Holiday lighting can range from cool and sophisticated to downright gaudy, but that’s part of what makes this time of year so fun. When holiday lighting is done well, it brings seasonal sparkle to your property that will make it a real standout on your block. But when it’s not done well, it can make your neighbors cringe. Here are some holiday lighting tips to bring seasonal beauty and joy to your property, with a few ideas on what to avoid.
Tip 1: Start with a plan.
Getting ready for the holidays is a busy time for everyone, especially if you’ve got your own home to manage, plus rental properties. While holiday lighting is obviously not as labor intensive as a remodel or landscaping, it still reflects on your property, so it makes sense to put thought and planning into what you want to do before you start stringing up the lights. You don’t have to have a formal plan. Just standing outside and visualizing the look you want to achieve will make the process easier and will ensure you’re happy with the result.
Tip 2: Consider the architectural style of your building.
Your holiday lights can enhance or take away from the natural aesthetics of your building. So, lighting that enhances vs. competes with your existing architecture is a win win. Generally, following the natural lines of your building will make your holiday lights work harmoniously with the structure behind them.
If your property is more contemporary or unusual, consider unusual or experimental lighting.
But generally, working with the outlines of your main structure will provide the best look.
Tip 3: Identify the location of your outlets.
Whether you have outdoor outlets or you’ll be stringing your lights from inside the home or garage, it’s important to consider your outlet placement first. Timers can add convenience, so you you don’t have to worry about turning your lights on and off everyday, but you also want to be able to easily turn off your lights manually if necessary.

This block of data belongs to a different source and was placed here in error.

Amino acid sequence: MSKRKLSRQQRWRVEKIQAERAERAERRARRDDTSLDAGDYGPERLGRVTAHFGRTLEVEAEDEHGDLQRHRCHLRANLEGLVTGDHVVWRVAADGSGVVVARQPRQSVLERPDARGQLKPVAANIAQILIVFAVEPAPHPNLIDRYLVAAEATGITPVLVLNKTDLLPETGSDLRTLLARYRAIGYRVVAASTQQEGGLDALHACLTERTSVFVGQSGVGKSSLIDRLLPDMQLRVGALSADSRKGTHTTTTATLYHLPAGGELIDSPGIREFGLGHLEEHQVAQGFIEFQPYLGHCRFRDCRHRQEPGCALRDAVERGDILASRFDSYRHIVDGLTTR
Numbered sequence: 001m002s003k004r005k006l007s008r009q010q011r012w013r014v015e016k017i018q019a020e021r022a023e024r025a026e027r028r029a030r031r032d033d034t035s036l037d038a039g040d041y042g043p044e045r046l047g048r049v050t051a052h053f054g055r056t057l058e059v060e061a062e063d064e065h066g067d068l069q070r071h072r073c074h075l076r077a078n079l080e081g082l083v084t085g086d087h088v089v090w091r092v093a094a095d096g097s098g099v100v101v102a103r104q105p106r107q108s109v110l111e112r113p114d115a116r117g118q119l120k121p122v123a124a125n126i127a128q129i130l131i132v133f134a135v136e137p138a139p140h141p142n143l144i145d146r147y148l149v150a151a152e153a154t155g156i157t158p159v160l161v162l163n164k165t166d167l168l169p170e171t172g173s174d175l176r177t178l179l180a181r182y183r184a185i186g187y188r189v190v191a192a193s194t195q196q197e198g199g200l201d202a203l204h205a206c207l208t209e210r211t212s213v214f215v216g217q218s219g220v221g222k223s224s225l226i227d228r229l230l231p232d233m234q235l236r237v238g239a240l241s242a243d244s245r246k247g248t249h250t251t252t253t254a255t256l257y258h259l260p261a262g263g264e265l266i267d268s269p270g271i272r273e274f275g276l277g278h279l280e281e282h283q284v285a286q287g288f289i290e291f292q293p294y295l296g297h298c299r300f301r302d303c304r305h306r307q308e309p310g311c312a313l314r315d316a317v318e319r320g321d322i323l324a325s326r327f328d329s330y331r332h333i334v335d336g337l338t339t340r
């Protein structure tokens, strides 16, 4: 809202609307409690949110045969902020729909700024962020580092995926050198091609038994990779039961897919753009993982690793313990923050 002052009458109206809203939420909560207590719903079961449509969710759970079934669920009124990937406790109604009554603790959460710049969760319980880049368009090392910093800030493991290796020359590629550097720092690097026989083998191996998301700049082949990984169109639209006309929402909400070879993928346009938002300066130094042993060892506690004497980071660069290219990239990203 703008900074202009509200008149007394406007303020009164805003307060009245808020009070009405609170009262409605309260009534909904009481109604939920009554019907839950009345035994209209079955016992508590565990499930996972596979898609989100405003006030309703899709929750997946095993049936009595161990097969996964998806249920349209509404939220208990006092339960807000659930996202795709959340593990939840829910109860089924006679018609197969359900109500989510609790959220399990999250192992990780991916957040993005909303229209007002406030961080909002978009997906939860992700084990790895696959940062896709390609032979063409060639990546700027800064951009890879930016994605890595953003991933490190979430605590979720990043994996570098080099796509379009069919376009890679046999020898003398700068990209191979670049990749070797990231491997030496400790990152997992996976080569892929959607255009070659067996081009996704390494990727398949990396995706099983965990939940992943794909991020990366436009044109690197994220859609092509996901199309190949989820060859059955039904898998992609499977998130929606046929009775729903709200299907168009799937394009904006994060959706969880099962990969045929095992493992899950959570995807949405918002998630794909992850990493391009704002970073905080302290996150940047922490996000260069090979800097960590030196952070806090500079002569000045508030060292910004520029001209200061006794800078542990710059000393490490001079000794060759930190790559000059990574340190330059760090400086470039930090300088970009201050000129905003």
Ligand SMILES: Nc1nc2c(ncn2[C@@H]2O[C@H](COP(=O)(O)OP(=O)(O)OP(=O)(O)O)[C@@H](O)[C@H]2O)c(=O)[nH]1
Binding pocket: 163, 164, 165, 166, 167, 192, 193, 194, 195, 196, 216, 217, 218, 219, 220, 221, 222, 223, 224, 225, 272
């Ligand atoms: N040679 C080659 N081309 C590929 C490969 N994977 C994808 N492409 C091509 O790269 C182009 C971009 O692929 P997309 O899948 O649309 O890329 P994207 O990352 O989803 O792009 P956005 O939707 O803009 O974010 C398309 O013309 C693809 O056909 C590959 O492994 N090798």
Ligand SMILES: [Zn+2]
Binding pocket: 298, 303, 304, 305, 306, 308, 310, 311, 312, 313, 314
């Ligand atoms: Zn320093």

Tip 4: Don’t overload your circuits.
While new homes may have multiple 20-amp circuits, standard lighting circuits are typically rated for 15 amps. So, depending on your circuits, you want a load on each circuit that is 50-80% of that. So, for each outlet, try to keep the load at 7.5-12 amps.
Tip 5. Measure.
Once you have an idea of where you want to string your lights – measure. Outdoor lights and extension cords come in a variety of sizes, so taking rough measurements of the surface area you plan to cover will ensure you have the right amount of lighting and also that you can distance your lights proportionally. Consider how close you want the lights to be. Lights that are closer together will make the space brighter, while further apart will create a more subtle look.
Tip 6. Use lights that are rated for outdoor use.
Holiday lights tend to be safe, even when used in rain and snow, but be sure to use lights that are rated for outdoor use only. In recent years, LEDs have become increasingly popular for outdoor holiday lighting because they stay cool and use less energy. But even if all of your lights are LEDs, make sure they’re suitable to use outside. Also, ensure that any extension cords you use are rated for outdoor use.
Tip 7. Enhance the natural beauty of your trees.
Trees look especially beautiful with holiday lights because they provide interesting and variable structures for lighting. You can put added decorations, like Christmas ornament ball, in your trees and light them for an additional seasonal touch.
Lighting trees form their base looks great all year round.
Tip 8: Think about your color scheme.
While holiday lights come in a wide variety of colors, sometimes fewer colors is the way to go. Depending on your building and style, monochromatic color schemes with a lot of white lights can provide a classy look. While blue lighting can create an otherworldly, dreamy look.
Tip 9. Have fun with shapes.
Today you can find simple wire structure or you can create your own to make whimsical shapes with lights that can adorn outdoor walls and fences.
Tip 10: Don’t overdo it!
But what’s the most important rule for holiday lighting? Don’t overdo it! While everyone has their own taste and style when it comes to holiday décor, there can definitely be too much of a good thing when it comes to outdoor holiday lights. Of course, how much is too much will depend on your neighborhood, so you’ll have to gauge the best way to go. Happy holidays!